So, what’s the difference? Spatial relationship of the scene is the difference. Remember, zooming in on a shot may close in on the subject but the landscape, trees, buildings, and other peripheral background items keep the same relative view as the unzoomed shot. Zoom in, and the background is cropped tighter. The dolly shot keeps the subject the focus of the shot; however, the change in camera distance relative to the scene gives a totally different feel of actual motion to the shot, created by the actual motion of the camera.
Tracking shots give a whole different type of look and feel to your shot. Tracking shots generally follow a subject alongside without changing the distance closer or further away. Think of someone walking along a sidewalk as the camera glides alongside. Your walking subject stays in focus, but you see the background whipping past as they move forward, in sync with your camera.
As always, tracking shots require smooth and steady camera movements. This task can be accomplished by track but also is perfectly suited for drones.
You may not realize it, but chances are, you have already done some crane shots with your drone. Crane shots are those that rise from ground level or descend from higher levels. These shots have been used for years, even combining the use of a crane or jib (think “big selfie stick”) to raise and lower the camera while moving down a dolly track.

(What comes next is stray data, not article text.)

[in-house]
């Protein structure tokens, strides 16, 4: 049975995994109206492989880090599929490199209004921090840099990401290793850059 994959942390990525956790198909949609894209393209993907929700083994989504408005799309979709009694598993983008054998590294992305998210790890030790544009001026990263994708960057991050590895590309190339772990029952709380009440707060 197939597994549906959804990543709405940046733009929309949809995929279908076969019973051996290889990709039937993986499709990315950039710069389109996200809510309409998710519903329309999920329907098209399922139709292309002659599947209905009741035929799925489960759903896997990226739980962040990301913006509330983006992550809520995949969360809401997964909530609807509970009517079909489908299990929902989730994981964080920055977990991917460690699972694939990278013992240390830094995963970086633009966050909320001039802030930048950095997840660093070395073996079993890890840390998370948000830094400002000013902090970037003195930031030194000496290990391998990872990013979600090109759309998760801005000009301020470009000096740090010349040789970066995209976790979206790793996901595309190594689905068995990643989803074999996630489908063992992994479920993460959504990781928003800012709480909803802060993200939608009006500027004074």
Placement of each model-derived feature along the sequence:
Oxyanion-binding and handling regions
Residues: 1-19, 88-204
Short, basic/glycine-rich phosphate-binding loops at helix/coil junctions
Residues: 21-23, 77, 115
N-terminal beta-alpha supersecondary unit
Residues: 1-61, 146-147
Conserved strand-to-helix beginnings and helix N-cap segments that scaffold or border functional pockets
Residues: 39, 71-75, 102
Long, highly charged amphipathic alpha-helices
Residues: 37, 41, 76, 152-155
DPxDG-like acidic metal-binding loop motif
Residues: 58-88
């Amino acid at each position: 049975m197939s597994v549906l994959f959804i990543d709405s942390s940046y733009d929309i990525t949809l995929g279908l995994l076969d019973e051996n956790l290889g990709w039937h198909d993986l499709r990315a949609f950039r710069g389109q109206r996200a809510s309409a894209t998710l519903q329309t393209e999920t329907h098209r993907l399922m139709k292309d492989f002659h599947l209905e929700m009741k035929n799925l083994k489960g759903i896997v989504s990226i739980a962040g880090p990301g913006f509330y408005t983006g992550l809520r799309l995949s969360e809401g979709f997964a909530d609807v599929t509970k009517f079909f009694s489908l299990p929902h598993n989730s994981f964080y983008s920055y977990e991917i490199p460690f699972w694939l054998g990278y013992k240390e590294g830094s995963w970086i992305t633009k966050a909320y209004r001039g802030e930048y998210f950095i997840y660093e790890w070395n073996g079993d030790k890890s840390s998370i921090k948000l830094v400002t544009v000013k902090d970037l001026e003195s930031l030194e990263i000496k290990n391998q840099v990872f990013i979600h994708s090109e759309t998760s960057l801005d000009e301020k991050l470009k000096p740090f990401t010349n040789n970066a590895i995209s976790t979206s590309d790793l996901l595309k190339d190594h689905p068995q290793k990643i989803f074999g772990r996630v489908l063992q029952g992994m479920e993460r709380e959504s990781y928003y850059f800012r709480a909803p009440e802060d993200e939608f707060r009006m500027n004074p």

Crane shots can be the perfect way to do a reveal of a rolling, hilly landscape or cityscape. As you rise, the distant background elements come into view and can add a beautiful and dramatic element for your film.
In case you were wondering, I haven't forgotten that our drone cameras are on movable gimbals.
With any shot, typically you need to decide on your subject and keep it focused and in the center of your shot. Now that you are moving your drone and camera around, assuming the camera is in a fixed straight-ahead orientation, you can work with the shot types mentioned above.
Every low-altitude setup you shoot will require flight automation, some very smooth stick work, or both. Putting the camera close to the subject magnifies every little twitch, and a small gust of wind can ruin a shot that would look just fine from 50 feet higher. You'll want to practice down low to get the hang of it; you also might want to tune your sticks so the drone is less responsive. This is no place for sport mode, my friends.
As your skill increases, you can start exploring camera movement, all while moving the drone. Yeah, this is definitely chewing-gum-and-patting-yourself-on-top-of the-head-at-the-same-time-level business here. Each one takes a good bit of practiced skill, but the results are even more stunning and professional once you get the skills polished.